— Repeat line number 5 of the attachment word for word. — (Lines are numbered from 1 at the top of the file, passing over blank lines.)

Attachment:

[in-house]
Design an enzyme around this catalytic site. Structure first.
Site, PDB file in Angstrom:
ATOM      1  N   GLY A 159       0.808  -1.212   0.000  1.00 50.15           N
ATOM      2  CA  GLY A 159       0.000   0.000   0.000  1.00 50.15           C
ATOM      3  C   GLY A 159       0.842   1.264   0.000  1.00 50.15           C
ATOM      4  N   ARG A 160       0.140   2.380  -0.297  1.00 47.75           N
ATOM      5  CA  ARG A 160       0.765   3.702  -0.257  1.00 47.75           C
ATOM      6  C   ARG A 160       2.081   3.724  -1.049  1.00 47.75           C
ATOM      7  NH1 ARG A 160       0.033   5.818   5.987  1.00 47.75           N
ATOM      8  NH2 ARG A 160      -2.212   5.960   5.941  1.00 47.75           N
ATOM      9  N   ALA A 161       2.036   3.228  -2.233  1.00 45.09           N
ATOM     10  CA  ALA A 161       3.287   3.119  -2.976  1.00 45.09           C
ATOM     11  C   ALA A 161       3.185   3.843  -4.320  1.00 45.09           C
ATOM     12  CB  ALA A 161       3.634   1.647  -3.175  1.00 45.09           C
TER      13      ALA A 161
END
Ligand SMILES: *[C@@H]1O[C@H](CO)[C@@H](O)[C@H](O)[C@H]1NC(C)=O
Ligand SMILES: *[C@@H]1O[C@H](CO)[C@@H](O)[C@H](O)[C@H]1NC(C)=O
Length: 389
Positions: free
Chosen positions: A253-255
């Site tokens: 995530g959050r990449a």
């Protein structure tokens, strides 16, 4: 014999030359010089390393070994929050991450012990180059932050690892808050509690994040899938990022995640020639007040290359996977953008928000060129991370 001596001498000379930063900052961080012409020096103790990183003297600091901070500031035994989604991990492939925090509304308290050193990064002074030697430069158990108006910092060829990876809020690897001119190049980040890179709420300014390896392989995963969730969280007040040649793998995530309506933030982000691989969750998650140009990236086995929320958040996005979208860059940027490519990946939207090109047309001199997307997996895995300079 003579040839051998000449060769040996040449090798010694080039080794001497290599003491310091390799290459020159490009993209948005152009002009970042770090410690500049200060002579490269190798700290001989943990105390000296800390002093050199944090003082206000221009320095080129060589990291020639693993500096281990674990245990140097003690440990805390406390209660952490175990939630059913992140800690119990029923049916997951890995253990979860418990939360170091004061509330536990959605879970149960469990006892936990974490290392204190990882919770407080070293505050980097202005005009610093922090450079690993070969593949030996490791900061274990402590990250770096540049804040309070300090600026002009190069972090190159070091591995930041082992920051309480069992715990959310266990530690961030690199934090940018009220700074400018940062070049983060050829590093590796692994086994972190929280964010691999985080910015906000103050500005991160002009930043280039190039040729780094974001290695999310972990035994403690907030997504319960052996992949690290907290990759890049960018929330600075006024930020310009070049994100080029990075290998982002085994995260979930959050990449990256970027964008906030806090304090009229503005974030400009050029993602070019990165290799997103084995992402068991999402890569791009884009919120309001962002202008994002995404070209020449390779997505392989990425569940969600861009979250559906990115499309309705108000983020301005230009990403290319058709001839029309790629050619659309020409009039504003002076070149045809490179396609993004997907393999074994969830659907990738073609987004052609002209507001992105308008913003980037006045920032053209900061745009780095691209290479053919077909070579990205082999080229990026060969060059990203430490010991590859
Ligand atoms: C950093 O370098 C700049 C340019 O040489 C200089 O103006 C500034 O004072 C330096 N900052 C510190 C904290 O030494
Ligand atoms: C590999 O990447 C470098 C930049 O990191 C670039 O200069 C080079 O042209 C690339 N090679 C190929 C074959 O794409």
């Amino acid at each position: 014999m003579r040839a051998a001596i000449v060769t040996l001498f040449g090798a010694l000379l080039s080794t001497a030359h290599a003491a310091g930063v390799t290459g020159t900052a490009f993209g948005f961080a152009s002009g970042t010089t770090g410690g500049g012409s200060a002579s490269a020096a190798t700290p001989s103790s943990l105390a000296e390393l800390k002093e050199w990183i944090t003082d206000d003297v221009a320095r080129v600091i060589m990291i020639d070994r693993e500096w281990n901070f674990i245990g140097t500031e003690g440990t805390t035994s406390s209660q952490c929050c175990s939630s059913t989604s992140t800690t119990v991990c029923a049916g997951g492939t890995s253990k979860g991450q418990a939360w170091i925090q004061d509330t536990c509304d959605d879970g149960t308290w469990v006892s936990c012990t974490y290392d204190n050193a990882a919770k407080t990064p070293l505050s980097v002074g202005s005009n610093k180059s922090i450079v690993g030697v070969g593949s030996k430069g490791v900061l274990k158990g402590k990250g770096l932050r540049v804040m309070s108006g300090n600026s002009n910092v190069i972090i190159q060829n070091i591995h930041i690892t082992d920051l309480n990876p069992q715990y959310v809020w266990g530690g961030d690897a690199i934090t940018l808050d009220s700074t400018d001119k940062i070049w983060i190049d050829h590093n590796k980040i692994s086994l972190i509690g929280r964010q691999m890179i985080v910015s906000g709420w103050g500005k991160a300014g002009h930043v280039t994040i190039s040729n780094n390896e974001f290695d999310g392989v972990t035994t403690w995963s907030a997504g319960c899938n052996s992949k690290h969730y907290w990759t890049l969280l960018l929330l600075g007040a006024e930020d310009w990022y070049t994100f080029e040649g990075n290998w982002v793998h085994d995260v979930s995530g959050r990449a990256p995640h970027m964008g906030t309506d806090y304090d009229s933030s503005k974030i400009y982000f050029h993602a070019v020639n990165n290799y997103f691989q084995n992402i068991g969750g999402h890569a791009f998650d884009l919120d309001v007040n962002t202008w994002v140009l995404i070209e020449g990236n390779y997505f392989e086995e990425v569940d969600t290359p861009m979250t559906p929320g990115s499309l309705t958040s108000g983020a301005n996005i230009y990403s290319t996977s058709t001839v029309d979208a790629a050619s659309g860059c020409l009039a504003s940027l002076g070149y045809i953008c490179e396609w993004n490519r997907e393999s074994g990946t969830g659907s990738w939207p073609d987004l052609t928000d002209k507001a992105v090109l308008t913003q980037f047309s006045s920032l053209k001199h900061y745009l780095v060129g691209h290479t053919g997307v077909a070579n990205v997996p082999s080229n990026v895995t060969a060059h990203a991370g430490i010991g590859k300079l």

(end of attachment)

ATOM      2  CA  GLY A 159       0.000   0.000   0.000  1.00 50.15           C